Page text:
News this past week of actor Heather Menzies' passing made me think of the science fiction television series Logan's Run. Even though I had seen her in 1965's mega-hit musical feature film The Sound of Music, it was in that television show that I took note of her. Then I remembered that I almost never watched it; when I did, it was in a casual way, unfocused and in little bits. (At the time I felt the series never lived up to its potential.) I ignored Logan's run simply because I was growing out of watching television as appointment television.
When does one slow down on watching television? I'm speaking of American prime time dramatic programs -- or sitcoms, which I almost never watched. Even with the litany of kids' things many of us in that time of our lives still managed to clock a lot of TV. But the ritual stops as we discover other things on our road to maturation. Or whatever.
I started to drift away in my mid to late teens. For example, this once regular viewer of The Six Million Dollar Man didn't watch the show's fifth and final season (1977 - 1978). I remember popping down and into the rec room one evening to grab a book from the bookcase and caught my siblings watching the follow-up episode to "Death Probe": "Return of the Death Probe." I turned to them and said, "you're still watching this?". Their even more youthful faces than my own beamed enjoyment. There on the television rolled what appeared to be an armoured go-kart, somewhat like the first model.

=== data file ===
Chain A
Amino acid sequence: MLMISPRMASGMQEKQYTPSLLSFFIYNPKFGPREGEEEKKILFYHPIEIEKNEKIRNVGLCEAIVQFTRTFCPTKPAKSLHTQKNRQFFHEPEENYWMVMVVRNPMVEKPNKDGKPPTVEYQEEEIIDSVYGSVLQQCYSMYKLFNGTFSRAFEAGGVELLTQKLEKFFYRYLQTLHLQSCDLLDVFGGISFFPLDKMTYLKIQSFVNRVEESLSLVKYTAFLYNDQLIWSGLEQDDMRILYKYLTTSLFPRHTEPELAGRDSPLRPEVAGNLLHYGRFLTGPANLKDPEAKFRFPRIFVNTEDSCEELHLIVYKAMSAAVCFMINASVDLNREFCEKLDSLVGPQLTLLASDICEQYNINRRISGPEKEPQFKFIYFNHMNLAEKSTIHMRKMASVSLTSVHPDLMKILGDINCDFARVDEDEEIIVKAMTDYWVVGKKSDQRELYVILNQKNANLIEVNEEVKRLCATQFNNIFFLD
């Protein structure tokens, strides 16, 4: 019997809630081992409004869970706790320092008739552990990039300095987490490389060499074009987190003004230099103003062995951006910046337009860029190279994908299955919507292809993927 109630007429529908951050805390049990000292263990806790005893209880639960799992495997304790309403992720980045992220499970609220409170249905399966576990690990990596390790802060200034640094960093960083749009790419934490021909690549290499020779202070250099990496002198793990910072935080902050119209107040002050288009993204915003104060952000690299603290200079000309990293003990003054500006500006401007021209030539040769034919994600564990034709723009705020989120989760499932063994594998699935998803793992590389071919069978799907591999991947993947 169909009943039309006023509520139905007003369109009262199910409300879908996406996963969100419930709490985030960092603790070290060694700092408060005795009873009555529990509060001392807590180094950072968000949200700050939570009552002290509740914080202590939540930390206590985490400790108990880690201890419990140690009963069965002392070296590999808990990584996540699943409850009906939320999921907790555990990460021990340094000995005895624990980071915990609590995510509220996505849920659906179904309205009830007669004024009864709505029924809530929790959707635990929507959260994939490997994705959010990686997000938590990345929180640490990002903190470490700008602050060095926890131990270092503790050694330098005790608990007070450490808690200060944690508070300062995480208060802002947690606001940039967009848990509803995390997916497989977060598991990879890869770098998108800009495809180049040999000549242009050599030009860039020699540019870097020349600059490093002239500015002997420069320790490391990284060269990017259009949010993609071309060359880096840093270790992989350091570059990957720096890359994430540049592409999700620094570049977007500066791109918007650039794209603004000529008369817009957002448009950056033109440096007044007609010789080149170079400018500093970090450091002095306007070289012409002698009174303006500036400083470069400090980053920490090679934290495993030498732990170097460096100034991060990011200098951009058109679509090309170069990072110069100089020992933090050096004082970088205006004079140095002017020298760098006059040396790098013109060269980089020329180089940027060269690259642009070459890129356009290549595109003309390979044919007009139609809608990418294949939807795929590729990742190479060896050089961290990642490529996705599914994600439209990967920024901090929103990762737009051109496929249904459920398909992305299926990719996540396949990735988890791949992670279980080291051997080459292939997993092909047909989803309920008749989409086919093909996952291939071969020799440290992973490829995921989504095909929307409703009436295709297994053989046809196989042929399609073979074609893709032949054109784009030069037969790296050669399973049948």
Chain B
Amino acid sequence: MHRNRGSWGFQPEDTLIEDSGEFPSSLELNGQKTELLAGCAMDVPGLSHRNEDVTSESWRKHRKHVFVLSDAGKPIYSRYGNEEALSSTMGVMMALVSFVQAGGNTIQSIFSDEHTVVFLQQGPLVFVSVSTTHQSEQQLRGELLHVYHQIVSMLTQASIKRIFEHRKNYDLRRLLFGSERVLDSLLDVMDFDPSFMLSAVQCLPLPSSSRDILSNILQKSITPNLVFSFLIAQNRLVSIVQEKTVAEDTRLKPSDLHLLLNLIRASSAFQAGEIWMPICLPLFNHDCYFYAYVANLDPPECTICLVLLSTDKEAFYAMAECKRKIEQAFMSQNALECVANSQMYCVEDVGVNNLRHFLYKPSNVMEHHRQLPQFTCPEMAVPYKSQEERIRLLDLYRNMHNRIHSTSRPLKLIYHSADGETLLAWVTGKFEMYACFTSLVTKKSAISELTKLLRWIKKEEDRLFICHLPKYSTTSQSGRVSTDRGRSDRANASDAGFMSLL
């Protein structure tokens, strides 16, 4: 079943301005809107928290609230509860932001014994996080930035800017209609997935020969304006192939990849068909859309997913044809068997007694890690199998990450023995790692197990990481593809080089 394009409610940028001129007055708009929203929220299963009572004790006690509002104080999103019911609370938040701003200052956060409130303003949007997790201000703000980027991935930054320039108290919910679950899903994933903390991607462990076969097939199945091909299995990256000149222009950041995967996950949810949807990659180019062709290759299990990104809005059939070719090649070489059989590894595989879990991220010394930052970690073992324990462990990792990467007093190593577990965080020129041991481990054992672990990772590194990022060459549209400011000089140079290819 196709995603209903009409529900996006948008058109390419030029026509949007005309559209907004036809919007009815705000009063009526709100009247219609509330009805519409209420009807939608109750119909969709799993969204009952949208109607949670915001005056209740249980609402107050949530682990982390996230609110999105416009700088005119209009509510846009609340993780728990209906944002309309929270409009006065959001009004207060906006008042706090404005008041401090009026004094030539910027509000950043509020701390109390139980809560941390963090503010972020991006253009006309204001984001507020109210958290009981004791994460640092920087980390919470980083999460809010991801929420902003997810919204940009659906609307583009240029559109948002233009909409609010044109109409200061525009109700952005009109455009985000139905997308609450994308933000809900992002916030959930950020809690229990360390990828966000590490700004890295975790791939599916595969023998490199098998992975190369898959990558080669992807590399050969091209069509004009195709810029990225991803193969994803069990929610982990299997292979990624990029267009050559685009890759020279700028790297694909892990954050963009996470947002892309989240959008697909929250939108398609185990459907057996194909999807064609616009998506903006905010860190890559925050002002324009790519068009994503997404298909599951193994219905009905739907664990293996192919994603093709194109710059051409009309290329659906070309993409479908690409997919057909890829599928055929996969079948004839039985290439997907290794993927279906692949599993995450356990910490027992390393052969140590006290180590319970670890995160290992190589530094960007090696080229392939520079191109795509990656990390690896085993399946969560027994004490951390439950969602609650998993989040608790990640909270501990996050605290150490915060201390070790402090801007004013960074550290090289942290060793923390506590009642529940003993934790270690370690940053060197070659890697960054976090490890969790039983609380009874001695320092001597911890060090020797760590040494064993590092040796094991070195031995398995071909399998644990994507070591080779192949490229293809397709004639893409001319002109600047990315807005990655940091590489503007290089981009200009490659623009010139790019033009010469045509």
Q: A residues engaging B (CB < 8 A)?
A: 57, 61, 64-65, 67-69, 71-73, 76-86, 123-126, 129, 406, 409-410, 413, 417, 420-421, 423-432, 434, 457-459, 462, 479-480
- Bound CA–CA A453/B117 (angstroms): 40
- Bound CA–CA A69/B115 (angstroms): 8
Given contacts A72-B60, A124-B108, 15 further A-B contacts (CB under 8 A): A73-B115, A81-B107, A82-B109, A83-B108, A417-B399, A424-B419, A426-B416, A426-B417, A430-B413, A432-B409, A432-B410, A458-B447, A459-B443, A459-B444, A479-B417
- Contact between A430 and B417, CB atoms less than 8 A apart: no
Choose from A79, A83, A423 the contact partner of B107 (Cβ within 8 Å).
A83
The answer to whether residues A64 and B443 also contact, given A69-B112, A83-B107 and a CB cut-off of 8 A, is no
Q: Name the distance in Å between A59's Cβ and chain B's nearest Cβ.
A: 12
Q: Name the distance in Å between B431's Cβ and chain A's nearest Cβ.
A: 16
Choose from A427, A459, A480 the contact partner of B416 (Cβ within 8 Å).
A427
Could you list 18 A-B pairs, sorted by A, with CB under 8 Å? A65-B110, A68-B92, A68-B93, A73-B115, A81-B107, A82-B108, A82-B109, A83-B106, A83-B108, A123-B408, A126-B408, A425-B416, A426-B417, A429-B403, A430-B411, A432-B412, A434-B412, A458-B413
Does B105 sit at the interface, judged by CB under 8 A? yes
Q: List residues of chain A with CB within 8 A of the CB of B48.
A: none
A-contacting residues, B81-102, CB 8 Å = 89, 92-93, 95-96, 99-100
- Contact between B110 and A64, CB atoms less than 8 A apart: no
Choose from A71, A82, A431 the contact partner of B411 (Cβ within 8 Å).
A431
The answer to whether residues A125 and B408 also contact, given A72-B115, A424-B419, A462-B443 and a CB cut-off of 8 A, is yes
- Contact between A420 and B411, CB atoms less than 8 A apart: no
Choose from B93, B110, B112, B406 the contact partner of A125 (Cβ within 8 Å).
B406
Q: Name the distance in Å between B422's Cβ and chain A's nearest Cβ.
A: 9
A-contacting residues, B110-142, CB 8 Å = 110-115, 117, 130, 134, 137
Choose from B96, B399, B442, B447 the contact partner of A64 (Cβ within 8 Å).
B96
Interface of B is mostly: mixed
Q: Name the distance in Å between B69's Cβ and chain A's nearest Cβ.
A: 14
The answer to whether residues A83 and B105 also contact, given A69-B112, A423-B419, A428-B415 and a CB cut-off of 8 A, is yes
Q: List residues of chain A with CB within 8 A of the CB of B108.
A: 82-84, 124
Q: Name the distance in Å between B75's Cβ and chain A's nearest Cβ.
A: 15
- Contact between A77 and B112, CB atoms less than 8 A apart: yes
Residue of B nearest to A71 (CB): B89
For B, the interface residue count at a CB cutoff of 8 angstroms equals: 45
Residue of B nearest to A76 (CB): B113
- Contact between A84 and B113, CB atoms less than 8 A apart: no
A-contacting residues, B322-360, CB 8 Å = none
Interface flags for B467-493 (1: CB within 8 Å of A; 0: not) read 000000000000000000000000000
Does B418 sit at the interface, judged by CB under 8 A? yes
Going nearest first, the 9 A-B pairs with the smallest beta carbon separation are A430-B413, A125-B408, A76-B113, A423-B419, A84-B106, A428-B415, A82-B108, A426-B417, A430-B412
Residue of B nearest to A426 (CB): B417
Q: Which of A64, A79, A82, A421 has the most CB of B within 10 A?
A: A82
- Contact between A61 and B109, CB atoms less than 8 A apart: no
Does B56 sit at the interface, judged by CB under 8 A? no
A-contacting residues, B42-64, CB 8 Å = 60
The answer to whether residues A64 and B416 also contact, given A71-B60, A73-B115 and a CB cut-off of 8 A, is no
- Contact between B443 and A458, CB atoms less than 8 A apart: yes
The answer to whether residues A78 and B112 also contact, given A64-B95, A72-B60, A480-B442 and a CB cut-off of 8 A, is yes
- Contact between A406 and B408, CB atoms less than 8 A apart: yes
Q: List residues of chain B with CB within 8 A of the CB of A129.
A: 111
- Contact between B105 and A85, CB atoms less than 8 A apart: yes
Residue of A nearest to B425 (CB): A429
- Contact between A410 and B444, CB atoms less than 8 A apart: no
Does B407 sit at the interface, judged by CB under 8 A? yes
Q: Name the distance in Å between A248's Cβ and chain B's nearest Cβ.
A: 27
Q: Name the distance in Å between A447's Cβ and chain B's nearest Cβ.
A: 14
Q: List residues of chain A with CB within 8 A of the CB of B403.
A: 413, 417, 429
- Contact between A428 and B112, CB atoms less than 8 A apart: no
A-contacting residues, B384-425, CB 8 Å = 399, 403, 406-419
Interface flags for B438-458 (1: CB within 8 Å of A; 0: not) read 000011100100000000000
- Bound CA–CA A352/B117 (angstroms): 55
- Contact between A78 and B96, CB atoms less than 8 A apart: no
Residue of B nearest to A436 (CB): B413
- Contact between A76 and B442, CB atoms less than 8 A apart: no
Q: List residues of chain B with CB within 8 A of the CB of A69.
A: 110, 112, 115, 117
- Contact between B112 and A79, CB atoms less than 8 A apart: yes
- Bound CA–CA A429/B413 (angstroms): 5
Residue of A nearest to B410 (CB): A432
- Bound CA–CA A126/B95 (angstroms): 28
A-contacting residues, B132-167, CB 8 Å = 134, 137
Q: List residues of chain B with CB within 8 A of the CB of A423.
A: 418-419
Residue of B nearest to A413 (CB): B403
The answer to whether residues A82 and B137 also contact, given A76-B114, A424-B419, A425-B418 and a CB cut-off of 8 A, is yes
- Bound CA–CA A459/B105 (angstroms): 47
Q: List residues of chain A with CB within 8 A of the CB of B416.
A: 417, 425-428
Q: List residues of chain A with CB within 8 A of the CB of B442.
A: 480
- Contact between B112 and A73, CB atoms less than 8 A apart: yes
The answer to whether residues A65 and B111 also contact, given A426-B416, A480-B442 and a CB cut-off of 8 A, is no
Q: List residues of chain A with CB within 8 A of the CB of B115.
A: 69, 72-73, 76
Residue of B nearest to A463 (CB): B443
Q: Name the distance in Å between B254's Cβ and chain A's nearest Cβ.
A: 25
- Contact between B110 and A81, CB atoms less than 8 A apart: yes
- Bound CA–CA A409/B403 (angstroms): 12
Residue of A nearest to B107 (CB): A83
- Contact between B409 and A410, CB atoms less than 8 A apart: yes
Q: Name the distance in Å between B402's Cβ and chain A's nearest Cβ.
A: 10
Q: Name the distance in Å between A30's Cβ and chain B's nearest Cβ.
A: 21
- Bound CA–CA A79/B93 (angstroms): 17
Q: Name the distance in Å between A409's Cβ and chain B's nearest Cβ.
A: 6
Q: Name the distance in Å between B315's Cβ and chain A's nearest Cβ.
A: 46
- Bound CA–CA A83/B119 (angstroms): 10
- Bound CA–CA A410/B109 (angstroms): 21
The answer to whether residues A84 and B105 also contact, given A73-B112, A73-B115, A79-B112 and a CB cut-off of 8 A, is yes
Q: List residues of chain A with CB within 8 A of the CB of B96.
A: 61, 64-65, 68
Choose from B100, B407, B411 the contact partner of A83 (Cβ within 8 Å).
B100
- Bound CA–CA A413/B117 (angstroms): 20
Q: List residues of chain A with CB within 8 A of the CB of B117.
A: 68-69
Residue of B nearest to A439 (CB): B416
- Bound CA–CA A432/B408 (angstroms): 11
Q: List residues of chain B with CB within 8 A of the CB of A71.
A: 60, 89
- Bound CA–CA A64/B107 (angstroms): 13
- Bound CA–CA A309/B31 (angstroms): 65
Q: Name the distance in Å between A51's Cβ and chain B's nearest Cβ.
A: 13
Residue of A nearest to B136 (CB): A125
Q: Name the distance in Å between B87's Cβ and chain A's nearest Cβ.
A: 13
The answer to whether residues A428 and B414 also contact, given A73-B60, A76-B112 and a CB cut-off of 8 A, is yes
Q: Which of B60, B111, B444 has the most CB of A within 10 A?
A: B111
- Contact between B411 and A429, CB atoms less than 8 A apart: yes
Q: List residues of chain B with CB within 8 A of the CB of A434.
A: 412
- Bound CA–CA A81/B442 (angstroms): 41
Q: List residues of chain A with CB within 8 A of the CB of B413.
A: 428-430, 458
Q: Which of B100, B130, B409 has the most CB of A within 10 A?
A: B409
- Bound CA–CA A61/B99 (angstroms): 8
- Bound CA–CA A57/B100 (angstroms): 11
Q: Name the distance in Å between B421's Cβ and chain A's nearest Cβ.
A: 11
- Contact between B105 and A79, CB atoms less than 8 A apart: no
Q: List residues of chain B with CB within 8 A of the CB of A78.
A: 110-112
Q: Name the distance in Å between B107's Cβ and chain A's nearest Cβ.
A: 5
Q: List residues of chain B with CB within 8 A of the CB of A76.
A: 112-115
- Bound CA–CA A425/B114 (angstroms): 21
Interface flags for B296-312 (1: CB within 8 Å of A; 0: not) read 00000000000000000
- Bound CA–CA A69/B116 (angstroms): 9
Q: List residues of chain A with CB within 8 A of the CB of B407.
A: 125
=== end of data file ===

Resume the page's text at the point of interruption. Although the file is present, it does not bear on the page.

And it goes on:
An admission: I enjoyed "Death Probe", even if it featured a cruder version of machine compared to the sequel vehicle of destruction. This then youth knew the Death Probe concept was rubbish, but, as was the case with more than a few Six Million episodes, there was a fun comic book vibe to "Death Probe".
But, my times were changing.
One day in 1995 I got a nasty wake-up call. A few of my coworkers emoted shocks and 'tears' as they recounted the latest episodes of Chicago Hope and ER. I stood in awe and bemusement as my mug of coffee got cold.
"Death Probe", first or second story, started to sound appealing.